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Review: Black Grace Dances Out a Different Kind of Buzz

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I expected an energy boost. But Black Grace, a well-known New Zealand company known for their dazzlingly fast dances, like the Lorde song “Royals” quoted in the first dance of the night, was “a different kind of topic”. I’m back at the Joyce Theater. Was it meditative? were you intimate? In any event, for much of the program, modern dance struggled to compete with traditional movements drawn from the South Pacific. and vice versa.

Led by affable artistic director and founder Neil Ilemia, who spoke from the stage, ensemble Formed in 1995, it is celebrated for its fusion of traditional and contemporary dance. But Yeremiah, who was born in Wellington and of Samoan descent, is undoubtedly a fan of the modern dance classic Paul Taylor’s Esplanade. From whimsical crawls to breathtaking leaps, Iremia dances.

This was especially true with the New York premiere of “O Le Olaga — Life,” inspired by aging parents and featuring traditional performers. Among them were the heavy stomping of her dance of Maori haka and scenes of poi, strings attached to white balls (used by Krateua), and taiaha (used by Edmund his Elamiha). Still, traditional performers were alive with their down-to-earth presence, which included Twain Nurse’s Tamarua Roberty and Jasmine Leota, whose presence was more lyrical. It didn’t match or contrast dramatically with the typical contemporary section. At least for me, they remained separate worlds.

But the biggest problem with “Life” as set in Vivaldi’s cantata “Gloria” is that it had more false endings than real beginnings.

The score included ‘Malu A’E Le Afiafi’ by Five Stars. At the beginning, the dynamic Aisea Ratu sang wistfully softly as she gently waved her arms. Every now and then he would stop and start again. He dragged the dancers off the wings and set them up one by one to form a kind of diorama. he pointed at him. He put a smile on his face. They froze on the spot like an audience trapped in his floating body.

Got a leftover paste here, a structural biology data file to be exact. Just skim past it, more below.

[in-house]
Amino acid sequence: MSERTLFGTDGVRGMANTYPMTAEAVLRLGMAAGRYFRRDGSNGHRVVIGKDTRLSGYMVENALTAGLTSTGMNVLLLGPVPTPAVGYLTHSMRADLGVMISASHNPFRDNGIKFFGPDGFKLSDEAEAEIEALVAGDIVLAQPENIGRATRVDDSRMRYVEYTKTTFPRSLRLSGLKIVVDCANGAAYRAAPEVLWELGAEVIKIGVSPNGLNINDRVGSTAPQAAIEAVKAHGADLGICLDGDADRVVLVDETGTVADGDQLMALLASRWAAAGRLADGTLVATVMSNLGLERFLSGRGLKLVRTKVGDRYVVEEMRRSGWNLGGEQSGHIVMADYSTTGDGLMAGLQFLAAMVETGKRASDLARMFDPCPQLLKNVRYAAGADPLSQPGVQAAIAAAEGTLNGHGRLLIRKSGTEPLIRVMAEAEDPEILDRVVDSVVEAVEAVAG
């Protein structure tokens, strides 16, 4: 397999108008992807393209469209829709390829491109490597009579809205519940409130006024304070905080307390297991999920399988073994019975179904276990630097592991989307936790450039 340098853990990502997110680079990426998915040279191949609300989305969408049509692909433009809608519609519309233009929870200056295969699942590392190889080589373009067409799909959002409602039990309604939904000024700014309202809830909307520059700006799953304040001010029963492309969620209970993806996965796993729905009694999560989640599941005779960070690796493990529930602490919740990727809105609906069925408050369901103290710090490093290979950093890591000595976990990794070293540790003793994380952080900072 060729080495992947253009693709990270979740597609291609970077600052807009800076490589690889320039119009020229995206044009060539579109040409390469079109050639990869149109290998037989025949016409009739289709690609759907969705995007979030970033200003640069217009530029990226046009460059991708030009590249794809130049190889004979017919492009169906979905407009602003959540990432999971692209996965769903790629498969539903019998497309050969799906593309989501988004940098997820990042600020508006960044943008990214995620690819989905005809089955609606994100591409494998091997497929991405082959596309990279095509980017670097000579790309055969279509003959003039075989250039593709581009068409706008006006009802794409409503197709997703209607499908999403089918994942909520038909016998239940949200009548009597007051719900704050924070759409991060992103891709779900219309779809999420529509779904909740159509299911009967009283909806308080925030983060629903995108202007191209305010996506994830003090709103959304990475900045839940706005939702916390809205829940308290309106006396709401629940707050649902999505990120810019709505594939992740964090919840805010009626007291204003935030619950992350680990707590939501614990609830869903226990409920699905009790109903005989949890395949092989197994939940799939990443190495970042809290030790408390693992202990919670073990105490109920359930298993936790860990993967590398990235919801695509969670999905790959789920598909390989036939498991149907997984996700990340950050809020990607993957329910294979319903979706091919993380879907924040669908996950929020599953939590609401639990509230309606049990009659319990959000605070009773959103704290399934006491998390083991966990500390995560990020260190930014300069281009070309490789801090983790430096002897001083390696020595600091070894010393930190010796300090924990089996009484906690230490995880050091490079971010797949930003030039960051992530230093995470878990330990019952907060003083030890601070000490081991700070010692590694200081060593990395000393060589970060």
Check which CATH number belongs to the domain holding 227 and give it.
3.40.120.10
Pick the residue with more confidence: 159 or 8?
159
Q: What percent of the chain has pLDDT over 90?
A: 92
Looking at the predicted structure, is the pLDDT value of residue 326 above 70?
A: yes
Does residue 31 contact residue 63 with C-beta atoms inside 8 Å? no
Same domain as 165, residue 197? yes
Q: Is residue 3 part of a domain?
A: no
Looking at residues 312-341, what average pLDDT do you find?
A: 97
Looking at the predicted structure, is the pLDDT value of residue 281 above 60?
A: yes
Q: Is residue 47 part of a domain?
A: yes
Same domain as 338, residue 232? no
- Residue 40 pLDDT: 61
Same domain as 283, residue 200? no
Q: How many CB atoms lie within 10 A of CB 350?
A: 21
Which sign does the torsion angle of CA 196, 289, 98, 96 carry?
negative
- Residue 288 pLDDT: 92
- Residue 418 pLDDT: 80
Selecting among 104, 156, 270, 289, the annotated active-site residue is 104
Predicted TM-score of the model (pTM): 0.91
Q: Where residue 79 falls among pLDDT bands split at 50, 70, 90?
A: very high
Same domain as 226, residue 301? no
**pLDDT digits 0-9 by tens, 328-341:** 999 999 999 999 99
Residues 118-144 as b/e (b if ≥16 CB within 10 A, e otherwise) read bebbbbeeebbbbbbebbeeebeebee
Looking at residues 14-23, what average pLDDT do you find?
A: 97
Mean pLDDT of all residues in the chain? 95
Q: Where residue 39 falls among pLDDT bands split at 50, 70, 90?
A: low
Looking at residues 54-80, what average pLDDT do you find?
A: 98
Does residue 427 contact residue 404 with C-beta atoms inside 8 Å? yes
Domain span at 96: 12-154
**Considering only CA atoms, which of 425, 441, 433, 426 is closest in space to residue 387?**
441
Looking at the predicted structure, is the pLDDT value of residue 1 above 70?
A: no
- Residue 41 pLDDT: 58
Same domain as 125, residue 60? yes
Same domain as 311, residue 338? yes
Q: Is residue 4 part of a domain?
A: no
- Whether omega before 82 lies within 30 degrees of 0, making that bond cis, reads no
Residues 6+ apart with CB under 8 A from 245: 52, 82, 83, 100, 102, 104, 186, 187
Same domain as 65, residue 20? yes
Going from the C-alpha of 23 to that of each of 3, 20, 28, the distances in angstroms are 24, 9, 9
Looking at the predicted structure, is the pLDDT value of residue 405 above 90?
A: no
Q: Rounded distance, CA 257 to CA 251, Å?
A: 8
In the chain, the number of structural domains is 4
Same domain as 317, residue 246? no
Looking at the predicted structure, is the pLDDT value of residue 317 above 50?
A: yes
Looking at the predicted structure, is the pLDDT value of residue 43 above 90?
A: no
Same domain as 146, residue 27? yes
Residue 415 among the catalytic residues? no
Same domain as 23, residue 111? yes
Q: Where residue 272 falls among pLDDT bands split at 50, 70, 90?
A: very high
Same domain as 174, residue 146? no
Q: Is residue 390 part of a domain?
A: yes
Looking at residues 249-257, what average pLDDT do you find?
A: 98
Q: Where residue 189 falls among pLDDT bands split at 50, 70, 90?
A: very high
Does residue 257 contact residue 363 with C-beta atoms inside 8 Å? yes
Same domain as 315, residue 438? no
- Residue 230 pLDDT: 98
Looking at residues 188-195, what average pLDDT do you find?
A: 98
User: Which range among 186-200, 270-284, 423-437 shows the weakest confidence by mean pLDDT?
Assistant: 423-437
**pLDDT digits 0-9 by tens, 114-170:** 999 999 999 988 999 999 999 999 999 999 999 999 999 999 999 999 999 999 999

After an explosive and fun section paired with Vivaldi, the structure had dancers move along predictable diagonals. But in the end, “Life” felt pieced together rather than sewn into something new.

For another New York premiere, “Fatu,” Yeremiah, his friend, Samoan visual artist Fatu Akeley Fuu, who gifted a painting to a choreographer during the Covid lockdown. (“Fatu” is the artist’s first name and means heart in Samoan.) Yeremiah spoke about how it’s not like Fuuuinstead of his typical grid pattern, it featured three wavy lines of gold, red and white.

In this piece, three dancers, dressed accordingly, move to the live drumming of Icitro Aresana. (The singer also appears in the second half) The golden Demi Jo Manalo is delicate yet ferocious. She flew across the stage like a feather soaring in the wind, soaring into the air and spinning to the floor with seemingly invisible momentum and landing. James Wasmer and Rodney Tyrell joined her to delve into the vocabulary of common types of slippery, push-and-pull movements, turning them into dance ribbons, but nothing more. .

The opening dance “Hand Game” was the oldest and most powerful dance released in 1995. A section of his one of Yeremiah’s early works, this piece is based on a story he read about a boy being beaten by his father for attending a school dance against his will. Here, his seven male bodies, seated on equally spaced chairs, echo the abuse of rhythmic thigh-, chest-, and even face-slapping. Inside this sasa, or seated dance, there is an orchestra of traditional faataupati, or Samoan slap dance, loosely incorporated into the body-his percussion orchestra.

This is where Lorde, the New Zealand singer-songwriter, came into being. Specifically, her song “Royals,” which was played while the dancer first hammered the rhythm into her body and then sang her lyrics. .

Another beat filled the stage before the performance ended. It’s the percussive opening of Queen’s ‘We Will Rock You’. I didn’t hear the words “I got mud in my face, I’m so embarrassed/Kicking cans here and there”, but they somehow commented on the pain of the dancers. It was unforgettable.

black grace

Until August 7th at the Joyce Theater in Manhattan. joyce.org.

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